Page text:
While both Logo and the graphing calculator had roots in the university, and teachers played major, active roles in promoting both technologies, we see two differences between Logo and the graphing calculator: 1) in math education, as it has been constituted, there was/is a clear need for the graphing calculator; and 2) a company played a hugely critical role in promoting its technology.

So here are can draw two lessons for university researchers who are trying to promote their educational technology:

  1. Accept the existing curriculum and support it with your technology. Logo tried to change math curriculum. Papert’s model of math instruction was one of inquiry and discovery where students learn math by doing math.  
  2. Find a company with significant resources that stands to gain from using their existing technology. Waits and Demana hadn’t invented any new educational technology; they were exploiting existing technology for educational purposes.

But, ahem: Waits and Demana are the exception, not the rule. University researchers are trying to change the nature of knowing through the use of technology. University researchers, by and large, are not supporting the existing curriculum, they are supporting the “new” curriculum. OMG!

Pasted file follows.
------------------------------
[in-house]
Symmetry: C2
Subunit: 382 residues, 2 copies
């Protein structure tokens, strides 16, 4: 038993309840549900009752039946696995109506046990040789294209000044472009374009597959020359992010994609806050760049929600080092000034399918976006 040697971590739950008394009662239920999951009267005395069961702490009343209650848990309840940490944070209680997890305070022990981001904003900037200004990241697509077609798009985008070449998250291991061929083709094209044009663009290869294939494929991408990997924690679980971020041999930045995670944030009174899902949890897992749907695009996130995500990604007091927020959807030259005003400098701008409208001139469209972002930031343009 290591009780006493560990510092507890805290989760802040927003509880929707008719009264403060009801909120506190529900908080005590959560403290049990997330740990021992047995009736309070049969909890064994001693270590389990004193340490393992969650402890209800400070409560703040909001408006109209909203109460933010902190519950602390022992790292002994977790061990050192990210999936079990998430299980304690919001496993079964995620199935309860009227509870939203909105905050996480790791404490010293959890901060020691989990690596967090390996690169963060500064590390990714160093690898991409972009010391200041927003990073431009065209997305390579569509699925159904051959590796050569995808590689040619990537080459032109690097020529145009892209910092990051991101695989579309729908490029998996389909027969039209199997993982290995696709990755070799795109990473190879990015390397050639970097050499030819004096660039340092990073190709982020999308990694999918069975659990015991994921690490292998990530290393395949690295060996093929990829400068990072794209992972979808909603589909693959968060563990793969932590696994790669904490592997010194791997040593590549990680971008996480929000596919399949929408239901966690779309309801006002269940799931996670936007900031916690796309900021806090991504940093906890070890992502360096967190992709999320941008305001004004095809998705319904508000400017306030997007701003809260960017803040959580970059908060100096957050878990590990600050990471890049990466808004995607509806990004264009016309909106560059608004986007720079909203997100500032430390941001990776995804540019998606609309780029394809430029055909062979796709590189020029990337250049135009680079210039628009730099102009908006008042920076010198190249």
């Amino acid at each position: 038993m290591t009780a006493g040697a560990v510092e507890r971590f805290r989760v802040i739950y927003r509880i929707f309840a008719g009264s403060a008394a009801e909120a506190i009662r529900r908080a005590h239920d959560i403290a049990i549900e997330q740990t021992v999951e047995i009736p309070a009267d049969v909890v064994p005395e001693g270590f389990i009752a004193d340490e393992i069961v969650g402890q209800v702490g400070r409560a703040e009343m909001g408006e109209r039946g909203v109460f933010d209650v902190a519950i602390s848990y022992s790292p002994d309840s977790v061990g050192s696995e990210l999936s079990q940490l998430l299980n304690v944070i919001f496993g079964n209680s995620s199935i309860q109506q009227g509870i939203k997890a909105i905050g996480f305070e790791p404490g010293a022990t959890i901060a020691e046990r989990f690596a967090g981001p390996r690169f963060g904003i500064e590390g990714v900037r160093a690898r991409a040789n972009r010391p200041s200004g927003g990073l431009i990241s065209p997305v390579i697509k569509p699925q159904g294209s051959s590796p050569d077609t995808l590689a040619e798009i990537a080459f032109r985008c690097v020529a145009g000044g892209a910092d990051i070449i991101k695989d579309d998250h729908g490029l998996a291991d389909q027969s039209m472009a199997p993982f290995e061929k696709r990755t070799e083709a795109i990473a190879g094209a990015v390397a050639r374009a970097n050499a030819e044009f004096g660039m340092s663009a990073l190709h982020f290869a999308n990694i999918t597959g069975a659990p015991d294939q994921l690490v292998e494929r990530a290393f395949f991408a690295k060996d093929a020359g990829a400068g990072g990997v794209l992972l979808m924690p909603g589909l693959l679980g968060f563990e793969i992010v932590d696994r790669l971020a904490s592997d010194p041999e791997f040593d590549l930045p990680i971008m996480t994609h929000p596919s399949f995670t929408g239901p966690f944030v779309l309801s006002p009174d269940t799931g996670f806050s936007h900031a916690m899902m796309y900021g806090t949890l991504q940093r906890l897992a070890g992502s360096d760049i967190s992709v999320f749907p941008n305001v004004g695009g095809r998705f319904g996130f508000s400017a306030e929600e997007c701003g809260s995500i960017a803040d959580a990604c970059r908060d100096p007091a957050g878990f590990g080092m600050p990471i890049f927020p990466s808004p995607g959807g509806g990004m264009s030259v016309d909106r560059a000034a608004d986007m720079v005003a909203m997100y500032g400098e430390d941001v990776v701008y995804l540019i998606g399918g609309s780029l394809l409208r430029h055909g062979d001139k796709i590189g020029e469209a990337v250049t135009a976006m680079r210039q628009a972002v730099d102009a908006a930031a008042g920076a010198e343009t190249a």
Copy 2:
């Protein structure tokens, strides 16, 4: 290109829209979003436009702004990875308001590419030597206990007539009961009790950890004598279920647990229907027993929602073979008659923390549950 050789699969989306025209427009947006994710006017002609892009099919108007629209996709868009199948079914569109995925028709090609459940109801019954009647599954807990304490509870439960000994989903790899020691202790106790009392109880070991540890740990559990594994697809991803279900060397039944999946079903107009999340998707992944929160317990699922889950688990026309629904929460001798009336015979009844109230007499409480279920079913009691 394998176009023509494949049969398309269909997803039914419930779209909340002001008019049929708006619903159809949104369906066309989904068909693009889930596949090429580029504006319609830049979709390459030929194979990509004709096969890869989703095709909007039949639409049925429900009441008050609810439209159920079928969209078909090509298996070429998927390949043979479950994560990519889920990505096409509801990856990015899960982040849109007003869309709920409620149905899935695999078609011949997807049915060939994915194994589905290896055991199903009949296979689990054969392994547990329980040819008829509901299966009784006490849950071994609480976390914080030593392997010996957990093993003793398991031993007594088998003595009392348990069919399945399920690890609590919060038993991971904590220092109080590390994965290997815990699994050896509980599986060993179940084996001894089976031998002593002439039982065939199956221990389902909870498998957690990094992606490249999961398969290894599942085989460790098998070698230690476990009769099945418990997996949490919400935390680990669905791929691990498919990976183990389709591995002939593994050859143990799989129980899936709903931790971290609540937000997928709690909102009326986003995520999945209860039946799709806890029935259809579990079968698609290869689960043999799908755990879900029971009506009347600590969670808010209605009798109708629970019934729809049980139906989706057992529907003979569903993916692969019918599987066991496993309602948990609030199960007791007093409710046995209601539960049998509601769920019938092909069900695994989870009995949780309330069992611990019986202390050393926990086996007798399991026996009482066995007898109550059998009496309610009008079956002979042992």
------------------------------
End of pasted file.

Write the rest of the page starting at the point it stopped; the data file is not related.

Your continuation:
In Part #2 of this post, we will discuss strategies for how university researchers might still cross the chasm with their efforts!

P.S. Interestingly, TI supported early versions of Logo on one of its early personal computers (TI 99/4). What if TI had thrown its wholehearted support behind Logo instead of the graphing calculator? 

About the Authors

Cathie Norris is a Regents Professor and Chair in the Department of Learning Technologies, School of Information at the University of North Texas. Visit her site at

Elliot Soloway is an Arthur F. Thurnau Professor in the Department of CSE, College of Engineering, at the University of Michigan. Visit his site at

Find more from Elliot Soloway and Cathie Norris at their Reinventing Curriculum blog at